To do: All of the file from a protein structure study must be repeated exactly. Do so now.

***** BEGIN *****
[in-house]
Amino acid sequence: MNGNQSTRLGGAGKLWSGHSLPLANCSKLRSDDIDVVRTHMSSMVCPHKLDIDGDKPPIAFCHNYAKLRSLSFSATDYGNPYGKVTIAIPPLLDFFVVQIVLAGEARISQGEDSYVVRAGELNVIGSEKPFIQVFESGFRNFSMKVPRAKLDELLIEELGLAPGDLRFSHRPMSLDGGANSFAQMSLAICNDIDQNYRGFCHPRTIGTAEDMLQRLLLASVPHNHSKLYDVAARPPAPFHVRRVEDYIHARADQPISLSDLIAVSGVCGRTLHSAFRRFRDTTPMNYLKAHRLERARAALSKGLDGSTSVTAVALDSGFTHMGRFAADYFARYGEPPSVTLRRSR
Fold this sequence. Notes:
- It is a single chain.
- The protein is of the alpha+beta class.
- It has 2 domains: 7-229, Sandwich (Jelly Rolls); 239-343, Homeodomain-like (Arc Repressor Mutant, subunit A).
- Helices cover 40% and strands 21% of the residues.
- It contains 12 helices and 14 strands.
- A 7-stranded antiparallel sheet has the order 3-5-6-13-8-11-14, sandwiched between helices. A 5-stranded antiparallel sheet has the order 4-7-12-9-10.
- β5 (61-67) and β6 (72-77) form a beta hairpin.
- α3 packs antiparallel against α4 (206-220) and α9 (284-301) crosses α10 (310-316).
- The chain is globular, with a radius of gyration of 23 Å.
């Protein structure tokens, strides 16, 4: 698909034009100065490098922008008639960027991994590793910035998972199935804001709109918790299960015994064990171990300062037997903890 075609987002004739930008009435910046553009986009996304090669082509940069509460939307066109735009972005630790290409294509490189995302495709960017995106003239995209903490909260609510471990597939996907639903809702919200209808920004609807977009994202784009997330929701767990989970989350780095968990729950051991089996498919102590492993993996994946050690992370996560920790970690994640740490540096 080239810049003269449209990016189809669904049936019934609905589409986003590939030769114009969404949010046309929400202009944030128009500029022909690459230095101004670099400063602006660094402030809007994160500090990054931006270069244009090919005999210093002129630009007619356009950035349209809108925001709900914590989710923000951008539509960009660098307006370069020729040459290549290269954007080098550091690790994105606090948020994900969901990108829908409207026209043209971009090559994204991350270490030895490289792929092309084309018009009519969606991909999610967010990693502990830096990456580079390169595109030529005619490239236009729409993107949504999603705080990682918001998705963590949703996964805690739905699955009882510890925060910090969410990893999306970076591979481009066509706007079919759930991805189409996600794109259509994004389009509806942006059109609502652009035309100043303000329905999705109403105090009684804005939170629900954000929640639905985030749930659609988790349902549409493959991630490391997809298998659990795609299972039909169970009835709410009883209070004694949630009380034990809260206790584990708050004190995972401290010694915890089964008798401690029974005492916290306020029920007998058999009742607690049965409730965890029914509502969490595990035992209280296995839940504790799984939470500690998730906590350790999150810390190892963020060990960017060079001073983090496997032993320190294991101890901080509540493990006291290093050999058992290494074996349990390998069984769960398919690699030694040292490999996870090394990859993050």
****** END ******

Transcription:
[in-house]
Amino acid sequence: MNGNQSTRLGGAGKLWSGHSLPLANCSKLRSDDIDVVRTHMSSMVCPHKLDIDGDKPPIAFCHNYAKLRSLSFSATDYGNPYGKVTIAIPPLLDFFVVQIVLAGEARISQGEDSYVVRAGELNVIGSEKPFIQVFESGFRNFSMKVPRAKLDELLIEELGLAPGDLRFSHRPMSLDGGANSFAQMSLAICNDIDQNYRGFCHPRTIGTAEDMLQRLLLASVPHNHSKLYDVAARPPAPFHVRRVEDYIHARADQPISLSDLIAVSGVCGRTLHSAFRRFRDTTPMNYLKAHRLERARAALSKGLDGSTSVTAVALDSGFTHMGRFAADYFARYGEPPSVTLRRSR
Fold this sequence. Notes:
- It is a single chain.
- The protein is of the alpha+beta class.
- It has 2 domains: 7-229, Sandwich (Jelly Rolls); 239-343, Homeodomain-like (Arc Repressor Mutant, subunit A).
- Helices cover 40% and strands 21% of the residues.
- It contains 12 helices and 14 strands.
- A 7-stranded antiparallel sheet has the order 3-5-6-13-8-11-14, sandwiched between helices. A 5-stranded antiparallel sheet has the order 4-7-12-9-10.
- β5 (61-67) and β6 (72-77) form a beta hairpin.
- α3 packs antiparallel against α4 (206-220) and α9 (284-301) crosses α10 (310-316).
- The chain is globular, with a radius of gyration of 23 Å.
């Protein structure tokens, strides 16, 4: 698909034009100065490098922008008639960027991994590793910035998972199935804001709109918790299960015994064990171990300062037997903890 075609987002004739930008009435910046553009986009996304090669082509940069509460939307066109735009972005630790290409294509490189995302495709960017995106003239995209903490909260609510471990597939996907639903809702919200209808920004609807977009994202784009997330929701767990989970989350780095968990729950051991089996498919102590492993993996994946050690992370996560920790970690994640740490540096 080239810049003269449209990016189809669904049936019934609905589409986003590939030769114009969404949010046309929400202009944030128009500029022909690459230095101004670099400063602006660094402030809007994160500090990054931006270069244009090919005999210093002129630009007619356009950035349209809108925001709900914590989710923000951008539509960009660098307006370069020729040459290549290269954007080098550091690790994105606090948020994900969901990108829908409207026209043209971009090559994204991350270490030895490289792929092309084309018009009519969606991909999610967010990693502990830096990456580079390169595109030529005619490239236009729409993107949504999603705080990682918001998705963590949703996964805690739905699955009882510890925060910090969410990893999306970076591979481009066509706007079919759930991805189409996600794109259509994004389009509806942006059109609502652009035309100043303000329905999705109403105090009684804005939170629900954000929640639905985030749930659609988790349902549409493959991630490391997809298998659990795609299972039909169970009835709410009883209070004694949630009380034990809260206790584990708050004190995972401290010694915890089964008798401690029974005492916290306020029920007998058999009742607690049965409730965890029914509502969490595990035992209280296995839940504790799984939470500690998730906590350790999150810390190892963020060990960017060079001073983090496997032993320190294991101890901080509540493990006291290093050999058992290494074996349990390998069984769960398919690699030694040292490999996870090394990859993050």